I have spent time using Android go, the stripped down version of Android OS targeted at delivering smoother performance on entry-level devices. Android Oreo Go Edition does that for the most part: it makes a difference. But there are weak spots. I had to write this Maps Go review to share my disappointing experience with the Go version of Google’s map app.
A few days ago, I needed to make it to an appointment here in Lagos. I had the address, but though I was fairly familiar with the neighbourhood, I needed to be able to pinpoint the street. At the time, I had my Lumia 950 on me, plus access to a friend’s Android Go Edition smartphone.
Of course, you already know that Google apps are not available for Windows smartphones, so the Lumia 950 was knocked out of the picture. I grabbed the Android Go smartphone, launched Maps Go, and typed in my destination. The poor performance was immediately apparent as it struggled to load a map showing my destination street.
But it eventually did. Up next, I needed to zoom in to see detailed info of how to get there. Trouble. Zooming on Google Maps Go is a painful experience. I couldn’t get a proper zoom, even after repeated tries. What of turn-by-turn navigation? It does not exist here.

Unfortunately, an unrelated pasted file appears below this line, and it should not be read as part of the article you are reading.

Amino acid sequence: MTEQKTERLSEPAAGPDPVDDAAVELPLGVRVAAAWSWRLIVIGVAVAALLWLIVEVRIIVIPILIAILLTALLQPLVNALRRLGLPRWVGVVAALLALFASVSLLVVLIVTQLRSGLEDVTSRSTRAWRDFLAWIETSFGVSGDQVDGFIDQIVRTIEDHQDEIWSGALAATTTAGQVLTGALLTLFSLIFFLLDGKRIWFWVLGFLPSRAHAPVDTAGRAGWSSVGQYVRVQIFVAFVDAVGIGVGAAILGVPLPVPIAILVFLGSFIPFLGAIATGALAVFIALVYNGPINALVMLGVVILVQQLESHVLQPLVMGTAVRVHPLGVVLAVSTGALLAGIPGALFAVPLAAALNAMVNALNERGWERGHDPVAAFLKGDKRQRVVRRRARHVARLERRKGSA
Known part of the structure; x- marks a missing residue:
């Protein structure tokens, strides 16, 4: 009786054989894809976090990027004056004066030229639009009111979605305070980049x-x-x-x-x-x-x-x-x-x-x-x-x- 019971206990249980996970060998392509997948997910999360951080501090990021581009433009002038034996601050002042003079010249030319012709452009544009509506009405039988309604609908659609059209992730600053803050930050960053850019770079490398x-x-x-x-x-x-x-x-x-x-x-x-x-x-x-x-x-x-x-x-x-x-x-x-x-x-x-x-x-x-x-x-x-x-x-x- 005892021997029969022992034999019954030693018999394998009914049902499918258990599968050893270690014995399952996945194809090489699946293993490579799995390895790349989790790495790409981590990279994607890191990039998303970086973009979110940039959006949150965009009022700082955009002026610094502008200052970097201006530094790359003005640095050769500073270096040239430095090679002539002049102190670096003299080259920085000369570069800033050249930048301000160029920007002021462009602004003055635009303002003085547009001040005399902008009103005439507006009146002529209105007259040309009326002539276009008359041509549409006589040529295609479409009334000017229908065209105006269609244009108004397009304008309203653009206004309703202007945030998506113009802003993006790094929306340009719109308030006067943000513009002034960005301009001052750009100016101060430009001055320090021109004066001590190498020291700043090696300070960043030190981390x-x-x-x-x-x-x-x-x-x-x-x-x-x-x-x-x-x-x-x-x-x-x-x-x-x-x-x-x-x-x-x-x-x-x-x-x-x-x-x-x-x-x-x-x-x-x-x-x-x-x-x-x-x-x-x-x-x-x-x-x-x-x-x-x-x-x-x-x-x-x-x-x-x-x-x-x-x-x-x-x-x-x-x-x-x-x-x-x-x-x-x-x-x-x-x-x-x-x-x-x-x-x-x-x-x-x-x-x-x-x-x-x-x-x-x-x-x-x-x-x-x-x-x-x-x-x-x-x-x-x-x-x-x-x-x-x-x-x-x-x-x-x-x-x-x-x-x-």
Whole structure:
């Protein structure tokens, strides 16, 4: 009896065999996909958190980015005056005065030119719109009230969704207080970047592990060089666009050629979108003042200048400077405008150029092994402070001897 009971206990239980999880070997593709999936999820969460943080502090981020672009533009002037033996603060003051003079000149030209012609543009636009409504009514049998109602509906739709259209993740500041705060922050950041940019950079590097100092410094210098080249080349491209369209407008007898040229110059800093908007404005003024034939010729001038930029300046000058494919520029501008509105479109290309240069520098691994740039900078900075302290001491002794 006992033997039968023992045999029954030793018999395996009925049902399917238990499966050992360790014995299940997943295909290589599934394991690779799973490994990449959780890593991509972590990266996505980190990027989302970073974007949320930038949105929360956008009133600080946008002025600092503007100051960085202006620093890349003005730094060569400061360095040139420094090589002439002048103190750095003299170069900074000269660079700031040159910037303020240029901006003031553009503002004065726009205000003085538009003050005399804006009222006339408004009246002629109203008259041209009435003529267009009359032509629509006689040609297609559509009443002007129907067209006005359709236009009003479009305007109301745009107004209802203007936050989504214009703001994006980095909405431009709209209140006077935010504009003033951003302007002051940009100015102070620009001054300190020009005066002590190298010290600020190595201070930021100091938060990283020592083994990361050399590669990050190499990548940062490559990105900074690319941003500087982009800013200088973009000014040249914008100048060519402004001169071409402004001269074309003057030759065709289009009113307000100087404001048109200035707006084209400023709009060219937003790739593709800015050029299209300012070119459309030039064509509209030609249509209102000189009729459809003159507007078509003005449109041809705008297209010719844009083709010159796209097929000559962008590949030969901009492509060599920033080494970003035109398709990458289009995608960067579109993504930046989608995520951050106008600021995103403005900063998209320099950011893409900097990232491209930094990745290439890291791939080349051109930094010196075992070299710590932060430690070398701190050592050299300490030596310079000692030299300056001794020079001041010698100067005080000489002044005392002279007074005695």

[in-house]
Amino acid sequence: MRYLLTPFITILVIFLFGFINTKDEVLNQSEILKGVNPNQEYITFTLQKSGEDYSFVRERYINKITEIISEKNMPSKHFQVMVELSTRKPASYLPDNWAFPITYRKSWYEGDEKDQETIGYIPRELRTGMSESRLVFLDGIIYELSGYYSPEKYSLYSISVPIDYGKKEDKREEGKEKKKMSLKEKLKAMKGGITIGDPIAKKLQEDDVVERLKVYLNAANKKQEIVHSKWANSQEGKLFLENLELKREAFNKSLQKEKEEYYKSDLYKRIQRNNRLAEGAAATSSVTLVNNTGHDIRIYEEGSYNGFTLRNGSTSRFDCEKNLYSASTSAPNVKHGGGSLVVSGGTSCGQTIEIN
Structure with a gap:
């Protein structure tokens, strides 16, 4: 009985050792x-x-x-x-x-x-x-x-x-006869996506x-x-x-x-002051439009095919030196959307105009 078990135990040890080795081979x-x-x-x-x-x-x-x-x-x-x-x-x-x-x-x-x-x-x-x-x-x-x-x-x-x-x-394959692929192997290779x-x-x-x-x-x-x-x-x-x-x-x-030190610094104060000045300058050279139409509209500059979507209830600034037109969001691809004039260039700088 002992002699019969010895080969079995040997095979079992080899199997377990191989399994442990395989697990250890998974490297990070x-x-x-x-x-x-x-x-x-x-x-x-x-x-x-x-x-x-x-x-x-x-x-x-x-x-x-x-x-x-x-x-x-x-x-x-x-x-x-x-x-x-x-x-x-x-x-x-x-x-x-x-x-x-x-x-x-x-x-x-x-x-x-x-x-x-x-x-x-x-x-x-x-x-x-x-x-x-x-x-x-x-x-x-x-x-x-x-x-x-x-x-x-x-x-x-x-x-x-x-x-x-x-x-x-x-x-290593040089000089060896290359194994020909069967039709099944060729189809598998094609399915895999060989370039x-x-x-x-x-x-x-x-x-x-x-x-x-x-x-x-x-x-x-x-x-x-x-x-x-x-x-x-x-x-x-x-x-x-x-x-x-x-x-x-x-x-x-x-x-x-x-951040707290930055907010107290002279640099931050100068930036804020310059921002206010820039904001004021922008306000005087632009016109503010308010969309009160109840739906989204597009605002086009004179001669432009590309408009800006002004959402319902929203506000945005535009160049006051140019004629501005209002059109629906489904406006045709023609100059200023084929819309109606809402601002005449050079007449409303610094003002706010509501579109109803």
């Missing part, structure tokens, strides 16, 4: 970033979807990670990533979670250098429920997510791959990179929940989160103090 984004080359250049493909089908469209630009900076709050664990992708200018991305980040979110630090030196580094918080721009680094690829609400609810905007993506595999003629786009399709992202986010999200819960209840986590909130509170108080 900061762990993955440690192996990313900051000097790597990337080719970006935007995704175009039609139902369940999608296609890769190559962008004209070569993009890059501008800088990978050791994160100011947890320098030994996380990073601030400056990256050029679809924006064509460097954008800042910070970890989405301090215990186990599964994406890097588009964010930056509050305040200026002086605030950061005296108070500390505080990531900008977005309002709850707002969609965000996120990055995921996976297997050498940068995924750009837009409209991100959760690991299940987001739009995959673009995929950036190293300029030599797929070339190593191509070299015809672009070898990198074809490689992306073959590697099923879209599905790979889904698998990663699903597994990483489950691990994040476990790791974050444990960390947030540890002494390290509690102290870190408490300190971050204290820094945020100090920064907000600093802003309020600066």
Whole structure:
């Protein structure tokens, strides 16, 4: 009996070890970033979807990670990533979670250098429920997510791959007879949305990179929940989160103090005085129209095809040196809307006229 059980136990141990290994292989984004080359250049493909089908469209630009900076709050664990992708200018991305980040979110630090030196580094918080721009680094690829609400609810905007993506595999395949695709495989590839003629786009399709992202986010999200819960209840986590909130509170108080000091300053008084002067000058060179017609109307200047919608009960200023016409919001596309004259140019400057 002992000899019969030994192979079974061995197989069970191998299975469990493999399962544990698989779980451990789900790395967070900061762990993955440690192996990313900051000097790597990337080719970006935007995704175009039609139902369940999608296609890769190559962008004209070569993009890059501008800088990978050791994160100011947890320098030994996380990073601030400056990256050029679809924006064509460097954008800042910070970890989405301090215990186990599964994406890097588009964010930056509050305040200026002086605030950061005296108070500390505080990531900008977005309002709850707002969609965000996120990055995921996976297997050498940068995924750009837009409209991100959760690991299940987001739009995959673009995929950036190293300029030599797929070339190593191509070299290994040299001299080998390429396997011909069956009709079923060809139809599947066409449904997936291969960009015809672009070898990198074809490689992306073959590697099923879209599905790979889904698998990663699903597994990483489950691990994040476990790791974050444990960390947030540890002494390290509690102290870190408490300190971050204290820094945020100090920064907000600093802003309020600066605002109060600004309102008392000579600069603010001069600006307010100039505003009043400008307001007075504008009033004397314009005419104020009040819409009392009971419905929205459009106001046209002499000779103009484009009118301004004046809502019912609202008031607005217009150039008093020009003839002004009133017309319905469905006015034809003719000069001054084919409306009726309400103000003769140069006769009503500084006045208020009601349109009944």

Maps Go plainly tells you that turn-by-turn navigation is available only on the Google maps app.
So, you might as well install Google Maps and delete Maps Go. I didn’t though.
Eventually, I had to make do with an approximate location of the street I was headed and rely on my knowledge of the area to keep me from getting lost. I survived the trip and found my way.
Google Maps Go Review: Final Words
You will find Maps Go helpful in some way. Just temper your expectations. The experience is nothing like using the full-blown Google Maps that you and I have come to love and depend on. Maps Go does not seem to be an app you can fully depend on in a strange land. Don’t depend on it too much. If your low-end smartphone can handle it, install and use the full Google Maps app instead.
Founder of MobilityArena. Yomi’s journey in mobile started in 2001. Besides obsessing over mobile phones, he also started creating WAP sites (early mobile-friendly websites created with WML). He began writing about phones in 2004 and has been at it since then. He has owned over 200 devices, from Symbian, Palm, PocketPC/Windows Mobile, BlackBerry/BB10, webOS, Windows Phone, Firefox, Ubuntu Touch, to Android, iOS, and KaiOS operating systems.